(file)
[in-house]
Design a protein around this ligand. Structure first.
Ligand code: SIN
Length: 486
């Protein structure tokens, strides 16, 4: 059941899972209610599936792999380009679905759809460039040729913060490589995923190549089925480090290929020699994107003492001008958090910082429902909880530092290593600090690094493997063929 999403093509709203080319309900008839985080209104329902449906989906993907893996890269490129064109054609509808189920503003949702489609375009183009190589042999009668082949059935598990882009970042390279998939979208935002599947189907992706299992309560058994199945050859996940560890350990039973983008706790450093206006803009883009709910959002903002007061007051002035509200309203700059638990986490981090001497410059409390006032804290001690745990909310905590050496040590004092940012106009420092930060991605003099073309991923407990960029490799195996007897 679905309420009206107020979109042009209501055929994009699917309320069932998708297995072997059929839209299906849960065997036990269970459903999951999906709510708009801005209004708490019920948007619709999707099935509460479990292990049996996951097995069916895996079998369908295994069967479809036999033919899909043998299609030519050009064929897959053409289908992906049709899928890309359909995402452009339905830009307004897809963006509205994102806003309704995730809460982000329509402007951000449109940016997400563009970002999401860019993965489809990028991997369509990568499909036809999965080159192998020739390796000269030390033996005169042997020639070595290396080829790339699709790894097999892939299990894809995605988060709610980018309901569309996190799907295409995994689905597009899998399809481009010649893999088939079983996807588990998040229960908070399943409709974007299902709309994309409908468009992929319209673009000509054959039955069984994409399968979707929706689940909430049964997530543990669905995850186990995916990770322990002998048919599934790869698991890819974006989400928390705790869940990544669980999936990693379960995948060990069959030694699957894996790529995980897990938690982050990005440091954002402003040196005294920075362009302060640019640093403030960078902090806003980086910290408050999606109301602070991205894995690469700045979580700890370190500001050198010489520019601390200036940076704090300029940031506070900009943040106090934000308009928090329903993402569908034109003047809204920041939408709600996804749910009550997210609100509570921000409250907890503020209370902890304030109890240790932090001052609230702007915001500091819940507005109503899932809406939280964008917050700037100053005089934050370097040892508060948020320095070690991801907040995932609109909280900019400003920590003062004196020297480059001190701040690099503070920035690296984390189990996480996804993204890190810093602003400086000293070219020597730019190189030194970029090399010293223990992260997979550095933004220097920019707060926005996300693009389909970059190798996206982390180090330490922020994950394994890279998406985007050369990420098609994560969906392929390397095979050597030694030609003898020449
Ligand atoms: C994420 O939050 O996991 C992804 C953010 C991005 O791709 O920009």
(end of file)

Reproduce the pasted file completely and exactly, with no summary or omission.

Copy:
[in-house]
Design a protein around this ligand. Structure first.
Ligand code: SIN
Length: 486
């Protein structure tokens, strides 16, 4: 059941899972209610599936792999380009679905759809460039040729913060490589995923190549089925480090290929020699994107003492001008958090910082429902909880530092290593600090690094493997063929 999403093509709203080319309900008839985080209104329902449906989906993907893996890269490129064109054609509808189920503003949702489609375009183009190589042999009668082949059935598990882009970042390279998939979208935002599947189907992706299992309560058994199945050859996940560890350990039973983008706790450093206006803009883009709910959002903002007061007051002035509200309203700059638990986490981090001497410059409390006032804290001690745990909310905590050496040590004092940012106009420092930060991605003099073309991923407990960029490799195996007897 679905309420009206107020979109042009209501055929994009699917309320069932998708297995072997059929839209299906849960065997036990269970459903999951999906709510708009801005209004708490019920948007619709999707099935509460479990292990049996996951097995069916895996079998369908295994069967479809036999033919899909043998299609030519050009064929897959053409289908992906049709899928890309359909995402452009339905830009307004897809963006509205994102806003309704995730809460982000329509402007951000449109940016997400563009970002999401860019993965489809990028991997369509990568499909036809999965080159192998020739390796000269030390033996005169042997020639070595290396080829790339699709790894097999892939299990894809995605988060709610980018309901569309996190799907295409995994689905597009899998399809481009010649893999088939079983996807588990998040229960908070399943409709974007299902709309994309409908468009992929319209673009000509054959039955069984994409399968979707929706689940909430049964997530543990669905995850186990995916990770322990002998048919599934790869698991890819974006989400928390705790869940990544669980999936990693379960995948060990069959030694699957894996790529995980897990938690982050990005440091954002402003040196005294920075362009302060640019640093403030960078902090806003980086910290408050999606109301602070991205894995690469700045979580700890370190500001050198010489520019601390200036940076704090300029940031506070900009943040106090934000308009928090329903993402569908034109003047809204920041939408709600996804749910009550997210609100509570921000409250907890503020209370902890304030109890240790932090001052609230702007915001500091819940507005109503899932809406939280964008917050700037100053005089934050370097040892508060948020320095070690991801907040995932609109909280900019400003920590003062004196020297480059001190701040690099503070920035690296984390189990996480996804993204890190810093602003400086000293070219020597730019190189030194970029090399010293223990992260997979550095933004220097920019707060926005996300693009389909970059190798996206982390180090330490922020994950394994890279998406985007050369990420098609994560969906392929390397095979050597030694030609003898020449
Ligand atoms: C994420 O939050 O996991 C992804 C953010 C991005 O791709 O920009």